Let's be honest. What some people may love about this arch, deliberately enigmatic little trio and their angular debut album are the same things that will irritate others in no small way. It's one of those.
Those of you seeking a new Kills to love, however, then here is something even more sparse, skeletal and pouty to fill that void, albeit admittedly less mature. The Prinzhorn Dance School, for those of you as yet unaware, consists of a half-speaking half-singing man (Tobin Prinz) and a woman who occasionally shouts things (such as 'hobgoblins'. And why not?). That's Suzi Horn. And, dare we say it, it's largely rather pretentious.
From the off we learn pretty quickly what the Prinzhorn schtick is: repeated motoriks of thunking guitar and naive thudding drums reminiscent of the infinitely more adorable and melodic Glas Vegas. And of course, some jerky shouty vocals from Suzi Horn and Tobin Prinz. It's a very long album - considering most of the 16 tracks are, to be fair, the same song slightly rearranged, or with a different random word being shouted. 'Beeswax!' for instance.
'Up! Up! Up!', was a novelty for some when it appeared in May, with repeated shoutings of, you guessed it, 'Up! Up! Up!', guitar lurching luxuriantly off key, all mingling under a veil of vague intrigue. But "Hamworthy Sports And Leisure Centre" is smirkingly posy, and could well provoke a rolling of eyes from the not so easily impressed.
Latest single 'You Are The Space Invader' fares better, the same posiness hovers but there is more to interest the listener and it's almost danceable. 'Spaceman In Your Garden' is probably the best track on the whole album, displaying a mysterious melodic softness clashing gently against the insensitive, relentless strumming.
There's something interesting about the Prinzhorn Dance School, certainly, but there are layers of chilly self-consciousness to be chipped at first before we can see more than a glimpse of it. --Zoe Street Howe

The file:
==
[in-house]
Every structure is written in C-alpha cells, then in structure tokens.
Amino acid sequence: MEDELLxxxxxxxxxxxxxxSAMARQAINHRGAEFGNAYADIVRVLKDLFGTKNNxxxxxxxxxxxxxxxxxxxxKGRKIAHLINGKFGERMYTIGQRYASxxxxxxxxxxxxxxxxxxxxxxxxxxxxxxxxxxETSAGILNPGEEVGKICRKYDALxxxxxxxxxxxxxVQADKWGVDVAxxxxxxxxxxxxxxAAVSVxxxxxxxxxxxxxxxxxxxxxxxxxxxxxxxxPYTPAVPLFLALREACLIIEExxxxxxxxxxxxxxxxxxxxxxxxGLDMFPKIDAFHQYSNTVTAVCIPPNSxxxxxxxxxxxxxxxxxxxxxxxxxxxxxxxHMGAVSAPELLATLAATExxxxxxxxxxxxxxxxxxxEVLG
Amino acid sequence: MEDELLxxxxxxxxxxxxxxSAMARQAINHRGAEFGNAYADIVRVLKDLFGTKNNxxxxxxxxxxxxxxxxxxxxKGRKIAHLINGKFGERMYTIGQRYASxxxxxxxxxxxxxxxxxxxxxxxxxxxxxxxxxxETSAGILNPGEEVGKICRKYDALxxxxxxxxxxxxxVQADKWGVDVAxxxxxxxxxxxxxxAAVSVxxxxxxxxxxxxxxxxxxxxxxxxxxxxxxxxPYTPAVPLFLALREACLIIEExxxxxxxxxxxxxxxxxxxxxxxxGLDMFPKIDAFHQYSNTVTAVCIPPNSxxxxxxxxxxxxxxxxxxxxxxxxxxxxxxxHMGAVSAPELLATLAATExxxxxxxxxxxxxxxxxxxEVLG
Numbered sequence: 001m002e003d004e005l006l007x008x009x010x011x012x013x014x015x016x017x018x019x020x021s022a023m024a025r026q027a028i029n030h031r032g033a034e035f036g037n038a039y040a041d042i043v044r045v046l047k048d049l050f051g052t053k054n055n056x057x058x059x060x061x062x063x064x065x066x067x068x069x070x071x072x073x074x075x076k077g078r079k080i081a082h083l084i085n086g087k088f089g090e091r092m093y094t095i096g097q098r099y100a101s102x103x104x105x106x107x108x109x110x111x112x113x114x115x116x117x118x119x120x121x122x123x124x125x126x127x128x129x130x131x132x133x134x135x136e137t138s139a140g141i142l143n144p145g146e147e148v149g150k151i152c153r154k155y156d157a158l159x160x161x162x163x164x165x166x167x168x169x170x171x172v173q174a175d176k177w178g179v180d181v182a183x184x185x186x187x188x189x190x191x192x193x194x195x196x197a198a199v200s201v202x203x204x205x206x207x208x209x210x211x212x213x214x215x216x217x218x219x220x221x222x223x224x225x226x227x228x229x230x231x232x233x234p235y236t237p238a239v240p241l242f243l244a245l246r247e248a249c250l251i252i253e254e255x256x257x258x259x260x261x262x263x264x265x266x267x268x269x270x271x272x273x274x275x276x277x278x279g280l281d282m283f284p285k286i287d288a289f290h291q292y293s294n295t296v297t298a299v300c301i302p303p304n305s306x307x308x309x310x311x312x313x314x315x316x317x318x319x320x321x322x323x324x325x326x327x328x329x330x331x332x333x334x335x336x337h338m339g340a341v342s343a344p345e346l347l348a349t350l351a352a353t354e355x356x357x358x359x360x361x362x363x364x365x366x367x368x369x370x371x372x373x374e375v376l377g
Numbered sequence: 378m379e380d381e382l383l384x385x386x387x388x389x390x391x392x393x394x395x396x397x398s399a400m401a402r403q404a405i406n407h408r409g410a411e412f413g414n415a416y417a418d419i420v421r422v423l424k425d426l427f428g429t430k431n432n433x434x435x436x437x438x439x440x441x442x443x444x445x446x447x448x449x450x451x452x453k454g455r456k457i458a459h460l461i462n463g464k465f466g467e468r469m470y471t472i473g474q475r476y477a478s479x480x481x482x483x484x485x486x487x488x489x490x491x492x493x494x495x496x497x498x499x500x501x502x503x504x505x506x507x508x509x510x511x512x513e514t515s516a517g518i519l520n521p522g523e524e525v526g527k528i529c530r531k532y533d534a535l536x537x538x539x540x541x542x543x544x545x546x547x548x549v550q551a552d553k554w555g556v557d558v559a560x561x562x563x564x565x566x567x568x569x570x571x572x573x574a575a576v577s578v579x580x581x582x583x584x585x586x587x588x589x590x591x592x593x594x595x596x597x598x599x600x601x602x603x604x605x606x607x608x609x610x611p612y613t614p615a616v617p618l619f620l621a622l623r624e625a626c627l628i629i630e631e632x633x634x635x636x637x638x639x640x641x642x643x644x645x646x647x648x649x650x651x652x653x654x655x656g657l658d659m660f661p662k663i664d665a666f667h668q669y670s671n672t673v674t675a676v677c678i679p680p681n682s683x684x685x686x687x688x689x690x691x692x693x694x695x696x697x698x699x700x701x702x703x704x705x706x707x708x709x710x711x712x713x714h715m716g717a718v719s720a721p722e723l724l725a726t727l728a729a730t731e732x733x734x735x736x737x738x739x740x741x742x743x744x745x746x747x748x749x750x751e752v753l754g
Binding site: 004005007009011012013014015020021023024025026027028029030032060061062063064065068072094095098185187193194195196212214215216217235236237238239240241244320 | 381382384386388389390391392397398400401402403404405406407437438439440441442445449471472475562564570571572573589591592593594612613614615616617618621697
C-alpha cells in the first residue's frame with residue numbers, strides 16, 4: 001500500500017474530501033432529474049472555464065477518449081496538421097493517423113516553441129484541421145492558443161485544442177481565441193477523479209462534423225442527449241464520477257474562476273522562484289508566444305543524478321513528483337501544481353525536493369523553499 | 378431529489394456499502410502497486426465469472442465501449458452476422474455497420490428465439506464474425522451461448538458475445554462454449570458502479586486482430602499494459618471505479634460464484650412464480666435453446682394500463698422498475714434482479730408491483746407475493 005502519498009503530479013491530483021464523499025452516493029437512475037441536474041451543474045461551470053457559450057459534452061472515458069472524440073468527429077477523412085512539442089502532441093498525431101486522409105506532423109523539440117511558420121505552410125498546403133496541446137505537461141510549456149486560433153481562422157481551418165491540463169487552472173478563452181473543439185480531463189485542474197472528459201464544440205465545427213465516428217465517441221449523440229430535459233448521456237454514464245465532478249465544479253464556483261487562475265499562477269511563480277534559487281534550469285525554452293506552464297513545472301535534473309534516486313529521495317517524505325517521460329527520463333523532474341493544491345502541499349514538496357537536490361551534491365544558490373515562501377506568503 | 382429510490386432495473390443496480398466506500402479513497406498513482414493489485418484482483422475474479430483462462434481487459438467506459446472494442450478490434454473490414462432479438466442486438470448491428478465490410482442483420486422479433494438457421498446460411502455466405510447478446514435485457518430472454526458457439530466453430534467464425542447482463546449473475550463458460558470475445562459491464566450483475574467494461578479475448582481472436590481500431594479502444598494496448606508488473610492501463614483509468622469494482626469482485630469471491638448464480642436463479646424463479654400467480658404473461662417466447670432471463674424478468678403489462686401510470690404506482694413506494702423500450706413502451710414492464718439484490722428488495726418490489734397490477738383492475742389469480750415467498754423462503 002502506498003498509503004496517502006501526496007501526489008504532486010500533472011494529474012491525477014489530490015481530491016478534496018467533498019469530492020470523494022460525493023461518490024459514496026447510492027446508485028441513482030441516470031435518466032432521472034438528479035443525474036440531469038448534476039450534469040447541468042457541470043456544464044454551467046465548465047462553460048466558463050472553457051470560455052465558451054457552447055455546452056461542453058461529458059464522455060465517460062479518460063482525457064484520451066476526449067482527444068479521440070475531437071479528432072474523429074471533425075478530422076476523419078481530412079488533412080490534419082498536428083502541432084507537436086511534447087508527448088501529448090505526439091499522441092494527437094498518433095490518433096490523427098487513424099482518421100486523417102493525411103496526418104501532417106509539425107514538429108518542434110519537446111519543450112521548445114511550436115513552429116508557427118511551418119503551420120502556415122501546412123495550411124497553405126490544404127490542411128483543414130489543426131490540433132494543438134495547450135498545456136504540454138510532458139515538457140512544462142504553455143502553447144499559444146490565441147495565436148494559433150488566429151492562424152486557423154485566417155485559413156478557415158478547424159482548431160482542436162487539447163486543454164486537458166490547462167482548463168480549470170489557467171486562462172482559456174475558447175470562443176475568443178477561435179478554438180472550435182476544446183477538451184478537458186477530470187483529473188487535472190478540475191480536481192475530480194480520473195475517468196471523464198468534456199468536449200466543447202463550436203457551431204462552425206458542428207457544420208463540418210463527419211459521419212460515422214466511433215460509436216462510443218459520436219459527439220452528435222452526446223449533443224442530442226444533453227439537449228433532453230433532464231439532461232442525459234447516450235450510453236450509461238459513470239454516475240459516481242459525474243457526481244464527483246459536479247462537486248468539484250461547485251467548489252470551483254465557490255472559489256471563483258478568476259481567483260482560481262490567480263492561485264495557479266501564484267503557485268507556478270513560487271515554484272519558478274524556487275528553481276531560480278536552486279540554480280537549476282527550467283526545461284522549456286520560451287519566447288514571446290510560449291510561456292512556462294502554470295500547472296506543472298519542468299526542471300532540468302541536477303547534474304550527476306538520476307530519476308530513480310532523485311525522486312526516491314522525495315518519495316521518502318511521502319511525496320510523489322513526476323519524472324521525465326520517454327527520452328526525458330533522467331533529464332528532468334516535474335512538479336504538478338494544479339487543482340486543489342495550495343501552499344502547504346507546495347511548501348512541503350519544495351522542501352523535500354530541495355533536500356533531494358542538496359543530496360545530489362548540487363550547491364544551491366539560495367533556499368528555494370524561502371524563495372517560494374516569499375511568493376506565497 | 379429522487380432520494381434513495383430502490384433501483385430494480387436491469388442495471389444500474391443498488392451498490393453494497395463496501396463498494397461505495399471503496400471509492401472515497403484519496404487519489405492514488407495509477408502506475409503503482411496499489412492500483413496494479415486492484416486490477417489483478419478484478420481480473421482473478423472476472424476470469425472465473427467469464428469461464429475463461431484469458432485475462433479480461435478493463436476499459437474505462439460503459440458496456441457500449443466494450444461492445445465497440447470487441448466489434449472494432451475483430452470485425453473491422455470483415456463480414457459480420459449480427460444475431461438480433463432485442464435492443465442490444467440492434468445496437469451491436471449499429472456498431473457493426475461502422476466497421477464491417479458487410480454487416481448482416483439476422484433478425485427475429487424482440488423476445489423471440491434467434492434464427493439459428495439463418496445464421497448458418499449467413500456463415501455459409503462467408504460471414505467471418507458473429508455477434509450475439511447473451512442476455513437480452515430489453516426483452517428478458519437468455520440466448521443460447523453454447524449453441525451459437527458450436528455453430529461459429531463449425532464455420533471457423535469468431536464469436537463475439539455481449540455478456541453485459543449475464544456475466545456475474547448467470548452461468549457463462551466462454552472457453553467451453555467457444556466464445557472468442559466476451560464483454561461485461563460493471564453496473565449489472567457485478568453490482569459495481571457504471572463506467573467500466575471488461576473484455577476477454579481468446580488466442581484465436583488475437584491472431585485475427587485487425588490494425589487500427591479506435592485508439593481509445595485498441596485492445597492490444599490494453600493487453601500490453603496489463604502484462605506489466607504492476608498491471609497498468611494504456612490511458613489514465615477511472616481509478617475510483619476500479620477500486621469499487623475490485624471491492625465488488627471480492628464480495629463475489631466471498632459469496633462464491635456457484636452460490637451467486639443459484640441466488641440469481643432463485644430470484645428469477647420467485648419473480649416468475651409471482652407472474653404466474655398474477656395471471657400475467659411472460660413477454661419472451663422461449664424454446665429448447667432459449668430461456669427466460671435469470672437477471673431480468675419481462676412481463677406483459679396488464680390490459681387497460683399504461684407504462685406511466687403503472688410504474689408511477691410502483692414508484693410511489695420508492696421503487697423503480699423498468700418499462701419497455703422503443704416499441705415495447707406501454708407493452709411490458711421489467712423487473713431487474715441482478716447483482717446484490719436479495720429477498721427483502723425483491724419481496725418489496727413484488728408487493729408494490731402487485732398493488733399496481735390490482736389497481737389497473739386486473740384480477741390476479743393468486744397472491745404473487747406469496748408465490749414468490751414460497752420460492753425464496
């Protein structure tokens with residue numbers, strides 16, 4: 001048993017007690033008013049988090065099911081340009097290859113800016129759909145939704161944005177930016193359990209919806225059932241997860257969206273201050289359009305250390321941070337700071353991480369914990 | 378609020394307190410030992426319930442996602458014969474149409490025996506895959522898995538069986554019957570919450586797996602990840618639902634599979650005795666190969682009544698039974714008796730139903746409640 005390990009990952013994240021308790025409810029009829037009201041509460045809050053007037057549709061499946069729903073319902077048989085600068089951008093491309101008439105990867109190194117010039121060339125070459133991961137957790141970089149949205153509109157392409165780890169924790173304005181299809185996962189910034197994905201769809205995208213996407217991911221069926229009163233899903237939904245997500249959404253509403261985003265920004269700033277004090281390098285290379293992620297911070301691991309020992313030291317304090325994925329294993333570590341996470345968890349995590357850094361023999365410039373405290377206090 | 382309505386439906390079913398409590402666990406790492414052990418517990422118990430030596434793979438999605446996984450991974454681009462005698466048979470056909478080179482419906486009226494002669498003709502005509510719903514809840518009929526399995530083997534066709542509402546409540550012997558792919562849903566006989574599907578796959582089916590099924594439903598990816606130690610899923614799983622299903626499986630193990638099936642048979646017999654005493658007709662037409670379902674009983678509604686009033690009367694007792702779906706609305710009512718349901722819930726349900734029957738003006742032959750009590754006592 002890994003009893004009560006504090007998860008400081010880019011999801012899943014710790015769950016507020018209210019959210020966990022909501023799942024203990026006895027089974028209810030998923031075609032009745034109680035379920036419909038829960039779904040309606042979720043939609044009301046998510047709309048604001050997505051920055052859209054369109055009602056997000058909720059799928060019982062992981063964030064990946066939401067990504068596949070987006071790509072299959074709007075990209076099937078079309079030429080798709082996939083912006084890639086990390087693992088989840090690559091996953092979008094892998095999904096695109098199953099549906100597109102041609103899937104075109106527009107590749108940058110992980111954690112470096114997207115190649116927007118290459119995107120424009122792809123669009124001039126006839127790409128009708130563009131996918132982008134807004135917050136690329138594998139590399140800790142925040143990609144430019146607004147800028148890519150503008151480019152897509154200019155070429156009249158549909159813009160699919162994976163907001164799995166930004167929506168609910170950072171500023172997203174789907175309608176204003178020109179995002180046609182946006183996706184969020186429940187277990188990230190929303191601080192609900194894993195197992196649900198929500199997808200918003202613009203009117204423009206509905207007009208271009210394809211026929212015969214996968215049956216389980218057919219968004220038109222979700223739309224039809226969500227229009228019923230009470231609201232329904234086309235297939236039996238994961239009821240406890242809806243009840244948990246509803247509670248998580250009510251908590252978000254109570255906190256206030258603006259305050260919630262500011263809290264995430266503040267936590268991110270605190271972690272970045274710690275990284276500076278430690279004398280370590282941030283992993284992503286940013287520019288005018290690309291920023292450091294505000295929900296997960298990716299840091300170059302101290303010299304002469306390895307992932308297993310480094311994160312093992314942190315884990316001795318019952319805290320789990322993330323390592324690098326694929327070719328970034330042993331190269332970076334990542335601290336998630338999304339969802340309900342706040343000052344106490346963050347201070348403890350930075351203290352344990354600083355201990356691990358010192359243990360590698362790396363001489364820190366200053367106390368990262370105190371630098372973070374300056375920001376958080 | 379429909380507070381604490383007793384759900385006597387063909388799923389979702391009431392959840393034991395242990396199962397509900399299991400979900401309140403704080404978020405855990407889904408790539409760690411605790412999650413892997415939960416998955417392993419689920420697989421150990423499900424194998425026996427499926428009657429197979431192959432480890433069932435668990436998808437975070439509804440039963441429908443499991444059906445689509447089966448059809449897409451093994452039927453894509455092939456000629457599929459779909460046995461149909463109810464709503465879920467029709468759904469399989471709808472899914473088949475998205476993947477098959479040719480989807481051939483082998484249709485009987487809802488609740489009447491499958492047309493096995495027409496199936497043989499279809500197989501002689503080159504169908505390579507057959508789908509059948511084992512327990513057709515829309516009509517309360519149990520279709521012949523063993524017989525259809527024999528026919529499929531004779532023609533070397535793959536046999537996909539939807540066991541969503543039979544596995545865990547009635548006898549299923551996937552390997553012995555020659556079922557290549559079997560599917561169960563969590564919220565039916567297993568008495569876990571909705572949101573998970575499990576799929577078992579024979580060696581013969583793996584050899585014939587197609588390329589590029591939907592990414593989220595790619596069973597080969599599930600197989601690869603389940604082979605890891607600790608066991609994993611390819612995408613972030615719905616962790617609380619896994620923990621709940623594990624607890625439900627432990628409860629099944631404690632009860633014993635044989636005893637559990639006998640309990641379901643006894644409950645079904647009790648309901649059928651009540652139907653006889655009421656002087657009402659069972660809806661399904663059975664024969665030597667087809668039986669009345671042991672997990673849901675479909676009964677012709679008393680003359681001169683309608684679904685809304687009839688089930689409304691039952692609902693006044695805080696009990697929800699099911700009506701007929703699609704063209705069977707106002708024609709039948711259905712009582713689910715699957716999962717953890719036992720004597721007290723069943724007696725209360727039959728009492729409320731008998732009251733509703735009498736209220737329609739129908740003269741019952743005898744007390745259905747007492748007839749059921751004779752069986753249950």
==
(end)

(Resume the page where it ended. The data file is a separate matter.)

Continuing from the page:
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YOU ARE THE SPACE INVADER: Prinzhorn Dance School are Tobin Prinz (guitar/ vocals, drums) and Suzi Horn (bass/ vocals, drums). Although they met in Brighton, it isn't easy to say where they are based. They are nomadic, Suzi has moved seven times since Prinzhorn Dance School began, and 23 times in her life so far.
However, all of the band's music has been written in one location: a room in a disused chapel, beside a motorway, overlooking Portsmouth's dockyard. Suzi: "We started hanging out there and making funny noises with a cheap bass and a crappy drumkit. I'd never played bass before and T had never drummed. The simplicity pleased and excited us."
I DO NOT LIKE CHANGE: Simplicity is key to Prinzhorn Dance School. They value a raw, natural sound - "kick drums that sound like kick drums, a snare that sounds like a snare" - and quickly evolved a minimalist aesthetic. "We didn't say, 'let's be a band', or anything, we just enjoyed the sound of hitting things. However, we quickly worked out that every time we added a layer of sound on top, something got lost. We wanted to keep everything sounding real and special and we knew the only way was to put less in." The 16 track debut album (as yet untitled) does not have a single strummed guitar chord on it. Instead, drums, bass and wiry guitar are enjoined in a delicate balancing act where what isn't happening, the space and silence, is just as important as what is. WORKER: Writing and recording in their own way, with their own peculiar methodologies (relying on charts and novel mathematical systems), the Horn have more in common with artists, "in a non-bullshit way", than musicians. Their motivation and driving force is repetition and routine, and, although they perform live with a drummer, they write and record on their own, in splendid isolation. "We go into our room and we feel free from all the crap outside, and in our heads. We just feel better," says Tobin. "It gives us a rare chance to do things properly, to take our time and breathe and get things perfect. Everything seems slap-dash these days. We have a rule that we do everything ourselves. The music, the artwork, the decisions. It keeps everything coherent. If you delegate something I guarantee somebody will mess it up. We really like doing things ourselves. It's like a therapy thing. We always leave the chapel buzzing."